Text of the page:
At The Wall Street Journal’s Scene Asia, Jason Chow profiles abstract painter Zao Wou-ki, China’s highest-selling living artist, whose auction sales last year reached $90 million. Despite his long career, Zao’s leisurely working pace and retirement three years ago have left relatively few paintings for eager Chinese and Taiwanese collectors to chase.
Mr. Zao was born in Beijing in 1920. Encouraged by his father, an amateur artist, he began studying traditional ink painting and calligraphy as a teenager. At 15, he enrolled in an arts school in Hangzhou, where he met his first wife Lan Xiejing, a fellow artist who went by the name Lalan. Mr. Zao finished his training at the school, which moved to Chongqing in 1938 to escape the Japanese invasion, and after graduation, became a teacher at the institution.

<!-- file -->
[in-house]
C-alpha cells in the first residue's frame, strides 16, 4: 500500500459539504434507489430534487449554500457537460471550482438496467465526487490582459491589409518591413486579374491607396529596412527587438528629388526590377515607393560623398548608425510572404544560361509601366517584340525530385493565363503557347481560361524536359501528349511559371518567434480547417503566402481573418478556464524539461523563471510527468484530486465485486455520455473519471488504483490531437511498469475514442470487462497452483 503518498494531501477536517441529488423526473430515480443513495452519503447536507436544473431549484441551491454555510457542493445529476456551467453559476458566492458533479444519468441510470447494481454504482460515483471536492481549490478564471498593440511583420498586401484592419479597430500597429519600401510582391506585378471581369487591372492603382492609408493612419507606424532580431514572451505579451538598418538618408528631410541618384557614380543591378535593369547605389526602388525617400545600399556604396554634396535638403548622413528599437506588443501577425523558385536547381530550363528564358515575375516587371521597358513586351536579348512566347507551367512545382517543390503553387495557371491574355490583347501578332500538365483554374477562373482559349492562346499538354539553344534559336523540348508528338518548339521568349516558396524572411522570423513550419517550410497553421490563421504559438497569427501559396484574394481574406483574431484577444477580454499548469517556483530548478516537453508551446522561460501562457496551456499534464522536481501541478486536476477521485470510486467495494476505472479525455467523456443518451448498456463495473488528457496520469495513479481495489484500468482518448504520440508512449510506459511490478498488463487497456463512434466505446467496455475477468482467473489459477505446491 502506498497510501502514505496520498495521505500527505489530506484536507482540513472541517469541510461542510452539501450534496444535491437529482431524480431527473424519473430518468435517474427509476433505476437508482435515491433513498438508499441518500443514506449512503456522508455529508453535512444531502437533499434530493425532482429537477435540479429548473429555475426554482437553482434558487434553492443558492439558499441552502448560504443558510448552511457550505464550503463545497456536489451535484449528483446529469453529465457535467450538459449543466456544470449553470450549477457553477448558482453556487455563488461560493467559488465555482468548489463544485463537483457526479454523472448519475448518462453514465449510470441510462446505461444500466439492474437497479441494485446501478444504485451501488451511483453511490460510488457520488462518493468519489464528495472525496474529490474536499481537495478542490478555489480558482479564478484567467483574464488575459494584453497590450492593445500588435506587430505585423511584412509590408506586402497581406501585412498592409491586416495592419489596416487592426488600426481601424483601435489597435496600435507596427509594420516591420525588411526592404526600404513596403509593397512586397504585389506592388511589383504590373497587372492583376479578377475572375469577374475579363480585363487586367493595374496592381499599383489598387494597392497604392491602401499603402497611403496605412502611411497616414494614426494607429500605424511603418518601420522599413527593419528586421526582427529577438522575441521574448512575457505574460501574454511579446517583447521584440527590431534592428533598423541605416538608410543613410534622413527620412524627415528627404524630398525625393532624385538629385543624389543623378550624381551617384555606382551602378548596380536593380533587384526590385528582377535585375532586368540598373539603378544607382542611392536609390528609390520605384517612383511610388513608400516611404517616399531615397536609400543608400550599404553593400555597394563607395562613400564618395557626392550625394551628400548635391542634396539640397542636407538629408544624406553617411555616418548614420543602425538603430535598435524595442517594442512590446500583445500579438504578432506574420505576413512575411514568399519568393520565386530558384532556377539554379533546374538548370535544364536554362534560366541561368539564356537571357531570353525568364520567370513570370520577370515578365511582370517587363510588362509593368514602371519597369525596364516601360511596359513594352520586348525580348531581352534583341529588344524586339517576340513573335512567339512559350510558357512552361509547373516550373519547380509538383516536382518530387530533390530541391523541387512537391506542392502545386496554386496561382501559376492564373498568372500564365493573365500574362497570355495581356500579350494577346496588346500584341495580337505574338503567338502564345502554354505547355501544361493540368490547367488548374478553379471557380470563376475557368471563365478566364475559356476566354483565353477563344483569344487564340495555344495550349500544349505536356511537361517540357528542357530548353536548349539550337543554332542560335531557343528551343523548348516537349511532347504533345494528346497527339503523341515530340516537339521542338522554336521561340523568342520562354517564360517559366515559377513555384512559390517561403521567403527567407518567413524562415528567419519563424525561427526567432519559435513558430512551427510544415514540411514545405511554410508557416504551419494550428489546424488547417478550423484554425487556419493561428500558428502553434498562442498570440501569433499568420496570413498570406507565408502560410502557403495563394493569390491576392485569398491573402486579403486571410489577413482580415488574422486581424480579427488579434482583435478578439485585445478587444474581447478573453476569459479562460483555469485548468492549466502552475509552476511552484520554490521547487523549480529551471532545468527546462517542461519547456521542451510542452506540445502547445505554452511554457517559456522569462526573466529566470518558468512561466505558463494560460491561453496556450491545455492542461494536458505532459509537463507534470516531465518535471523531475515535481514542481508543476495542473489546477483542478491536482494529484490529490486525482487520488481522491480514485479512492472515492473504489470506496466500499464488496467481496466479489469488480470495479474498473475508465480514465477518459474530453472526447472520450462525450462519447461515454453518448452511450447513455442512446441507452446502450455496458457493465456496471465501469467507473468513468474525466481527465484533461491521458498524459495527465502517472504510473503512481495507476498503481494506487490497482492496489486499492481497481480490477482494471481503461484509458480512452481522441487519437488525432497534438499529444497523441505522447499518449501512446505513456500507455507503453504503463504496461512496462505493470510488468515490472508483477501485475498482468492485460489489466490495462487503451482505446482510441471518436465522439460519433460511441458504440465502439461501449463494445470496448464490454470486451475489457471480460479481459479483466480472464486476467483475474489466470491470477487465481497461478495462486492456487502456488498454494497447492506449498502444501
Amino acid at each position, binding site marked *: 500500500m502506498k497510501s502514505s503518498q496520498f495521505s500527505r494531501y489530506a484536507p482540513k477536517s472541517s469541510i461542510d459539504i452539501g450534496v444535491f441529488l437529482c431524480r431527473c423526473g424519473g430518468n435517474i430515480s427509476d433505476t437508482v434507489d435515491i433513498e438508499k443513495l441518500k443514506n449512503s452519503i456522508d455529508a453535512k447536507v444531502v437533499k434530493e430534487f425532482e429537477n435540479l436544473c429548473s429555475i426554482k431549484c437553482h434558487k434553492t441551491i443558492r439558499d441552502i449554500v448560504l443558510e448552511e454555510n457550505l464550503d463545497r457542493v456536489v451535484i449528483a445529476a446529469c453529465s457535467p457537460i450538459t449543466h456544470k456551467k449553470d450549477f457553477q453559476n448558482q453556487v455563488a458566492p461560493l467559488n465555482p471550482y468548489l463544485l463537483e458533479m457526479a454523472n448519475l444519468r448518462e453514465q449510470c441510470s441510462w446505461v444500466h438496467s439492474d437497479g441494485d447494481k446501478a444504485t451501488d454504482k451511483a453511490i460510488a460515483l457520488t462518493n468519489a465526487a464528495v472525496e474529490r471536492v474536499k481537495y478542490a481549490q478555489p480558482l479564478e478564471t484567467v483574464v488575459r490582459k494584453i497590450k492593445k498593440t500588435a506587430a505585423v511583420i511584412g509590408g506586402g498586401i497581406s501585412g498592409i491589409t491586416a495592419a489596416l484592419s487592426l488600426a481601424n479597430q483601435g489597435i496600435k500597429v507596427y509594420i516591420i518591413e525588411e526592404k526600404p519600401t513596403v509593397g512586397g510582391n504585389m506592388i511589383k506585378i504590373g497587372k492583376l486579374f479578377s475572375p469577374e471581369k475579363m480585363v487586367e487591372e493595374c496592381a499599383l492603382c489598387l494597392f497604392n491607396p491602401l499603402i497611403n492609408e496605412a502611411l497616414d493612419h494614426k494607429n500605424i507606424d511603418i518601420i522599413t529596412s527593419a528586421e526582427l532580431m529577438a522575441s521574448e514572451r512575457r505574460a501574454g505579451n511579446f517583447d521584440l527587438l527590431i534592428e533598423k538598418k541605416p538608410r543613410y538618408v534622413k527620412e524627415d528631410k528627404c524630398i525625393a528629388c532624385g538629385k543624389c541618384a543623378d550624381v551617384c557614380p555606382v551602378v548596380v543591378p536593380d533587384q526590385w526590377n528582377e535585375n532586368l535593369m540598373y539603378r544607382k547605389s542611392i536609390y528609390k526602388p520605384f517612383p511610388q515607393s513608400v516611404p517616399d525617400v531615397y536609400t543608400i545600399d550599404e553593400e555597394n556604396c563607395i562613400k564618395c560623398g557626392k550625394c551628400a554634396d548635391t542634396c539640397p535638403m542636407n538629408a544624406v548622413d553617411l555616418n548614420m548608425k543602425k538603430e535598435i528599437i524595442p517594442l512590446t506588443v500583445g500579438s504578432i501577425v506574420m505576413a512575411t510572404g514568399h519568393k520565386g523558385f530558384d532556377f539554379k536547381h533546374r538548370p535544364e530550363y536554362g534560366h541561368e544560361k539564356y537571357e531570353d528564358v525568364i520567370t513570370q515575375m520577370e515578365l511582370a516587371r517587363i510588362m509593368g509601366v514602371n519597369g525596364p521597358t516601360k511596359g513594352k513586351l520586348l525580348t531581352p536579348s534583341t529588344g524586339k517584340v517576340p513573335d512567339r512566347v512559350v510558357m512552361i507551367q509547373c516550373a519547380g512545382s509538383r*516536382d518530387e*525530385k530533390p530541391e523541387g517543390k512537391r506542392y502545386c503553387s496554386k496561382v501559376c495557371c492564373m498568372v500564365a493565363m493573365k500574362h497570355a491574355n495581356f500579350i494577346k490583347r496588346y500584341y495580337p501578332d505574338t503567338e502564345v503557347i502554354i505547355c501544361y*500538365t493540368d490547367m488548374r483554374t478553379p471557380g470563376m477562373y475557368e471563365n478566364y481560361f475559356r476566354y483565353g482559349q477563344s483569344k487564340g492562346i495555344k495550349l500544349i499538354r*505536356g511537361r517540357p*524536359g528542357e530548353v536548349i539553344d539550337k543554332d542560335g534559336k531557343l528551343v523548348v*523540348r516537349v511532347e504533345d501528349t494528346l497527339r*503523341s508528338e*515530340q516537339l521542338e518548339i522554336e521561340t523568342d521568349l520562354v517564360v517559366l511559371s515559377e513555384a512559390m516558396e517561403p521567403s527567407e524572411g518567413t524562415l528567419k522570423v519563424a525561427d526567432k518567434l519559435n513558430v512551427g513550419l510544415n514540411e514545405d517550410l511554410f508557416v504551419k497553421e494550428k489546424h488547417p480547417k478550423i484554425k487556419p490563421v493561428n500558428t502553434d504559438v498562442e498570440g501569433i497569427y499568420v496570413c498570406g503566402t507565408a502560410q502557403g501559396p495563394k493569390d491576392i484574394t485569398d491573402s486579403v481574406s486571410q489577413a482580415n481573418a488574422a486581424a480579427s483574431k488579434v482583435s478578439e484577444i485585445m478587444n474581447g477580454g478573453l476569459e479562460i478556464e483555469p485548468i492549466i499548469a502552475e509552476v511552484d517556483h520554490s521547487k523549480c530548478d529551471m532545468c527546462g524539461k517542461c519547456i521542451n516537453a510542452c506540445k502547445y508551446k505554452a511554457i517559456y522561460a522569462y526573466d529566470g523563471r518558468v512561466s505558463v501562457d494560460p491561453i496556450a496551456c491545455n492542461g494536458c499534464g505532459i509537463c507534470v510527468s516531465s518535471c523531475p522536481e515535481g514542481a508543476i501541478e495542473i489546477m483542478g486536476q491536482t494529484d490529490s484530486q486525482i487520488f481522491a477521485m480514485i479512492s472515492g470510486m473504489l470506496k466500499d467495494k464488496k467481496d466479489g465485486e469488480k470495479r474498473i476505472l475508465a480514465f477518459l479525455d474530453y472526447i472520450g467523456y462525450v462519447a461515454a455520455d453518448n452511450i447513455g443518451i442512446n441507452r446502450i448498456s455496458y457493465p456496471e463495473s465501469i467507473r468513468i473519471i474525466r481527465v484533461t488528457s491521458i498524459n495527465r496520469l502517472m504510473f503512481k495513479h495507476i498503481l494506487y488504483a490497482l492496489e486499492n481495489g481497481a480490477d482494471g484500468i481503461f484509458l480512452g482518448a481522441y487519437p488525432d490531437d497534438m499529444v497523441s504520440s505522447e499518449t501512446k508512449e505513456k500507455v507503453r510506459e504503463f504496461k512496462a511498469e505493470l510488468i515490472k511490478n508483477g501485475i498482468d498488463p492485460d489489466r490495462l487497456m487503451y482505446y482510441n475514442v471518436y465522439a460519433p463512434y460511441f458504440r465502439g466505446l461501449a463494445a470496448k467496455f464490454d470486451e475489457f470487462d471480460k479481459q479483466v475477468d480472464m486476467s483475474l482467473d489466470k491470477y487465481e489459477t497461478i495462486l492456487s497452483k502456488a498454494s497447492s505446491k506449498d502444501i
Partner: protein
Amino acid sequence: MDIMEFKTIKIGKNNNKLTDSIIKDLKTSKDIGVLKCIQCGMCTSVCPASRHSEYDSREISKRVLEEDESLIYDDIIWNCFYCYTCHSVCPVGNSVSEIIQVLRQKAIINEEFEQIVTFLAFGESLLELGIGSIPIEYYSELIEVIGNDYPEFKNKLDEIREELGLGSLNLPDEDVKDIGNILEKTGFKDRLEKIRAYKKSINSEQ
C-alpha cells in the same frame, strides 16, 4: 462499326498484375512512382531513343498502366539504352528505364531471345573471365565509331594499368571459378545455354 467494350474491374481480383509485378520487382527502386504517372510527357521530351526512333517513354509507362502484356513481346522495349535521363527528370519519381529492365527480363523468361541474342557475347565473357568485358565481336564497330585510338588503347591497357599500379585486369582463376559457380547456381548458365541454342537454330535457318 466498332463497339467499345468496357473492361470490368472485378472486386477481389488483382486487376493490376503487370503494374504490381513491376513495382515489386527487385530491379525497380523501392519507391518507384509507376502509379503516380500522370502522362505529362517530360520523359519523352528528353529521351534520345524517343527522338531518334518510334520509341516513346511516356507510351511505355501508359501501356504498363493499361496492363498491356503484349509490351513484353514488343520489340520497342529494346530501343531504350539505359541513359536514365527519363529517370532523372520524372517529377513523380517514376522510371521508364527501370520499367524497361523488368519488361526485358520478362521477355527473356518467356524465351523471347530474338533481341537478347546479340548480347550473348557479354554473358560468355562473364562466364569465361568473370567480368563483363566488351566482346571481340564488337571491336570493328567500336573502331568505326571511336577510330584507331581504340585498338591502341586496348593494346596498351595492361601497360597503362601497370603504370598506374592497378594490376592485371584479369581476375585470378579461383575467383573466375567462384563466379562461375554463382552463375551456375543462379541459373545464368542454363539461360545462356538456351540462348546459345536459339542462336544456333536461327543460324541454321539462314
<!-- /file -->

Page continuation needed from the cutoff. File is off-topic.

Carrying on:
But he pined for Europe, and with his family’s blessing, he and Ms. Lan moved to Paris in 1948. After a 34-day voyage from Shanghai, he made it to the French capital, dropped their bags at a hotel, and went straight to the Louvre museum that afternoon, according to a biographical essay by French art historian Jacque Leymarie.
[…] Last year, prices for his work reached a new high when Sotheby’s sold his painting, “10.6.68,” for $8.8 million. “Zao is the first 20th-century Chinese artist with an international reputation,” said Sylvie Chen, a modern Chinese art expert at Sotheby’s. “We do predict prices to rise. There’s very limited supply.”